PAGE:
New Pennsylvania Rule Allows Medical Malpractice Lawsuits to Be Filed in Any County
Pennsylvania’s highest court reversed a two-decade-old rule aimed at reducing an outbreak of doctors leaving the state due to high medical malpractice insurance rates. The state Supreme Court issued a long-awaited order allowing plaintiffs to file medical malpractice claims in any county throughout the state. Previously, plaintiffs were restricted to filing their claims where the injury or negligence occurred.
The justices followed the advice of their own Civil Procedural Rules Committee. The Committee’s majority said in a report that medical malpractice cases should be subject to the same regulations as other types of civil litigation throughout the state.
How Does this Change the Medical Malpractice Litigation Process?
The Medical Care Availability and Reduction of Error Act was passed by the Pennsylvania legislature roughly 20 years ago in order to minimize the amount of medical malpractice claims filed in the state. Plaintiffs in medical malpractice cases were required by the Act to file their cases in the county where the medical negligence occurred.
The Pennsylvania Supreme Court repealed this rule in August 2022. As of January 2023, medical malpractice cases may now be filed in any Pennsylvania county. The new rule now allows someone to bring a lawsuit in the county of their choice as long as one of the following three requirements is met:
- Medical malpractice occurred there
- The defendant or defendants can properly be served there (office location, where they conduct business, etc.)
- An event or transaction occurred in that county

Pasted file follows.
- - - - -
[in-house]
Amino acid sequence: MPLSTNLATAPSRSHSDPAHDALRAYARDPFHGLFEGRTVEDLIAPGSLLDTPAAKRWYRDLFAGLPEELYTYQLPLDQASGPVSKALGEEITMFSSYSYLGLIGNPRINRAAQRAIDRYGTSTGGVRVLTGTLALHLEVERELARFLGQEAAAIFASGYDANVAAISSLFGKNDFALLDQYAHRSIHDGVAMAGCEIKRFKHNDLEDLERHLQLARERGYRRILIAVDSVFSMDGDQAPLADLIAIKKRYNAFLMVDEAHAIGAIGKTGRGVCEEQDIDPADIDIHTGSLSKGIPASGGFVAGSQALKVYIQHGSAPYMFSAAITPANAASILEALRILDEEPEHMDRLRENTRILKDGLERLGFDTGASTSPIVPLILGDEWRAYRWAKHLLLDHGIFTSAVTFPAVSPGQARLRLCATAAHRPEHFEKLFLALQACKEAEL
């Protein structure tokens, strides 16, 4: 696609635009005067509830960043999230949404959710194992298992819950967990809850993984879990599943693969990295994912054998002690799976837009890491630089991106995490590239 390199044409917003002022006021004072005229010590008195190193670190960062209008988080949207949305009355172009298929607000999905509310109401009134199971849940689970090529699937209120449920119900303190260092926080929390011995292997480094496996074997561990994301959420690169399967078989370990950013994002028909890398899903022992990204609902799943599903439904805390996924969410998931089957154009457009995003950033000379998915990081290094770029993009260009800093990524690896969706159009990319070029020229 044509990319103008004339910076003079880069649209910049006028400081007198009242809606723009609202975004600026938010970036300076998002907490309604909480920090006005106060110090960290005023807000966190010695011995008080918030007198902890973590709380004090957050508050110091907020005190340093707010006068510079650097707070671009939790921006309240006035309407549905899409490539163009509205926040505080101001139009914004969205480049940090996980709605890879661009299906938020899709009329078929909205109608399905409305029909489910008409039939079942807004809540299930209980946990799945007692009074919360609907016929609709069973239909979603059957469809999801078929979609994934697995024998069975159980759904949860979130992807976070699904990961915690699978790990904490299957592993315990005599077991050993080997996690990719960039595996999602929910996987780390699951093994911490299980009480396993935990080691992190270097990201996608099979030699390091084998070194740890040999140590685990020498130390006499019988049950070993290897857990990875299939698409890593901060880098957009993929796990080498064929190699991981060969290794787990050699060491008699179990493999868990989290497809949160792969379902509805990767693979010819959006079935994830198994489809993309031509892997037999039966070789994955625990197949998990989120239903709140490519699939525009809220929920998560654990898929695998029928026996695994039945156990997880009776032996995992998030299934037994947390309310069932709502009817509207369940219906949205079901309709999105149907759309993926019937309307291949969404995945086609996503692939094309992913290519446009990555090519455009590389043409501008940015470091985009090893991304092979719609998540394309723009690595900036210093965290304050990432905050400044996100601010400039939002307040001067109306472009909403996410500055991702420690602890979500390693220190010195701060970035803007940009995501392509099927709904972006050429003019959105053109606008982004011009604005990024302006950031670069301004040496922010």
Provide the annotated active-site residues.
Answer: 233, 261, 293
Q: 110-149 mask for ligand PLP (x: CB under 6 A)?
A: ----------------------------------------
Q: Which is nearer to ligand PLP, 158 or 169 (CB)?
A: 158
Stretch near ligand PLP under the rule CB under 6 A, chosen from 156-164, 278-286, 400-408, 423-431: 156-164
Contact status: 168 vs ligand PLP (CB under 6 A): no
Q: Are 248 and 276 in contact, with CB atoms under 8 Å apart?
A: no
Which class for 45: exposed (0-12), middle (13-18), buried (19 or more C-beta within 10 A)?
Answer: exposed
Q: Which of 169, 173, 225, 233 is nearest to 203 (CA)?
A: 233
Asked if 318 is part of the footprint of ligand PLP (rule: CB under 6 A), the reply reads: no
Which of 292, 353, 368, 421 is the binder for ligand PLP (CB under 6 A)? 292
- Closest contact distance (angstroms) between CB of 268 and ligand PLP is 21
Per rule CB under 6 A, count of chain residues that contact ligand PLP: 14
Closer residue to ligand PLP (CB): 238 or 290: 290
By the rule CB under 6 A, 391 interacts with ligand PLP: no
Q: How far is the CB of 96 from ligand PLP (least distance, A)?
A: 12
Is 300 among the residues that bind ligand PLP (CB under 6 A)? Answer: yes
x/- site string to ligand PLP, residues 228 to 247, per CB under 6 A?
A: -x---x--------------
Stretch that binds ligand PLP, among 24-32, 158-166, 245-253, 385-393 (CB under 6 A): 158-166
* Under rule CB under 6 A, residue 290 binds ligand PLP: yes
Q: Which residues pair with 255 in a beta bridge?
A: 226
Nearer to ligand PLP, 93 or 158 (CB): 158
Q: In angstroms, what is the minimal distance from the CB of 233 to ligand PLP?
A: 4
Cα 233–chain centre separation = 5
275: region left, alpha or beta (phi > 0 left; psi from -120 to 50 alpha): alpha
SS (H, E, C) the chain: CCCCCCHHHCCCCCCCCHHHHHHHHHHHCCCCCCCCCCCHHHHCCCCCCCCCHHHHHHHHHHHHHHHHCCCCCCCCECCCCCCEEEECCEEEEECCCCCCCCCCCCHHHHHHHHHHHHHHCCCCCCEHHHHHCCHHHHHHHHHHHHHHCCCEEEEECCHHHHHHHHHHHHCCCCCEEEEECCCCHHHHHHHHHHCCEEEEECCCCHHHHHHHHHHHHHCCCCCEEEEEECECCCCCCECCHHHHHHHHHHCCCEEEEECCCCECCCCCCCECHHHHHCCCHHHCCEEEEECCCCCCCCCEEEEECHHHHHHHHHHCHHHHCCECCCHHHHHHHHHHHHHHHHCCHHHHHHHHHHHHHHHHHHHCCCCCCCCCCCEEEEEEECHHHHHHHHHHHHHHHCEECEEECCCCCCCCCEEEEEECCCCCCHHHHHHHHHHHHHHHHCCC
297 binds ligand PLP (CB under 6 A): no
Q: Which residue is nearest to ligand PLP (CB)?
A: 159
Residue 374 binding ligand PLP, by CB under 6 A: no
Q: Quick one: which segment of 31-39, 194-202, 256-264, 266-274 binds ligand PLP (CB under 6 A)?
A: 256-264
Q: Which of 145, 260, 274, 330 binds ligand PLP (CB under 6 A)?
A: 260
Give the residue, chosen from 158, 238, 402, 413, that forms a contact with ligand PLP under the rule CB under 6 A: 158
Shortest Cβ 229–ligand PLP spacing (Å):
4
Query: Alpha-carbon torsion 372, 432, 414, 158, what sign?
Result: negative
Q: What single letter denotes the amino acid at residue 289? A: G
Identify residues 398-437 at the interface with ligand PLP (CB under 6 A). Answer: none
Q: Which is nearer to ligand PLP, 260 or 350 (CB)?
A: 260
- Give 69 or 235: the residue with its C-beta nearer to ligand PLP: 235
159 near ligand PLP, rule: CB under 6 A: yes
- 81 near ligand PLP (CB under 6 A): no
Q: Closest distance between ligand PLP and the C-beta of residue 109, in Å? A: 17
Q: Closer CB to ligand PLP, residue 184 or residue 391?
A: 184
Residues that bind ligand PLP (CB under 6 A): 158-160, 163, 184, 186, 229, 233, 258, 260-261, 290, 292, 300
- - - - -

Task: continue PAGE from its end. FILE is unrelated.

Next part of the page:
This will now allow plaintiffs a choice of venue. This can be beneficial, because some counties have stricter local rules when it comes to medical malpractice claims, and a potential jury may be more biased in certain areas, resulting in less than full compensation.
Benefits of the New Rule
The Committee that reviewed issues with the new rule ultimately decided that any disparities with the new rule were outweighed by benefits to the victims. Many have hesitations about the potential for overburdening certain courts and that plaintiffs will venue shop. Venue shopping occurs when a plaintiff seeks out a venue based on what venue will give them the best compensation in their case.
Even with the drawbacks voiced, three main benefits allowed for the passing of the rule:
- Over the past 15 years, Pennsylvania courts have seen a decline in the number of medical malpractice cases filed across all counties.
- The former rule gave special treatment to defendants, and the new rule provides a fairer process for plaintiffs.
- More rural counties have seen lower results for plaintiffs in medical malpractice cases.
With these arguments in mind, the new rule now allows patients to have their cases properly heard in an appropriate venue. In the past, patients may have been forced to file their cases in the venue where the negligence occurred against hospitals and other large medical entities, which can result in a biased jury and lower payouts.
Who Will See an Impact?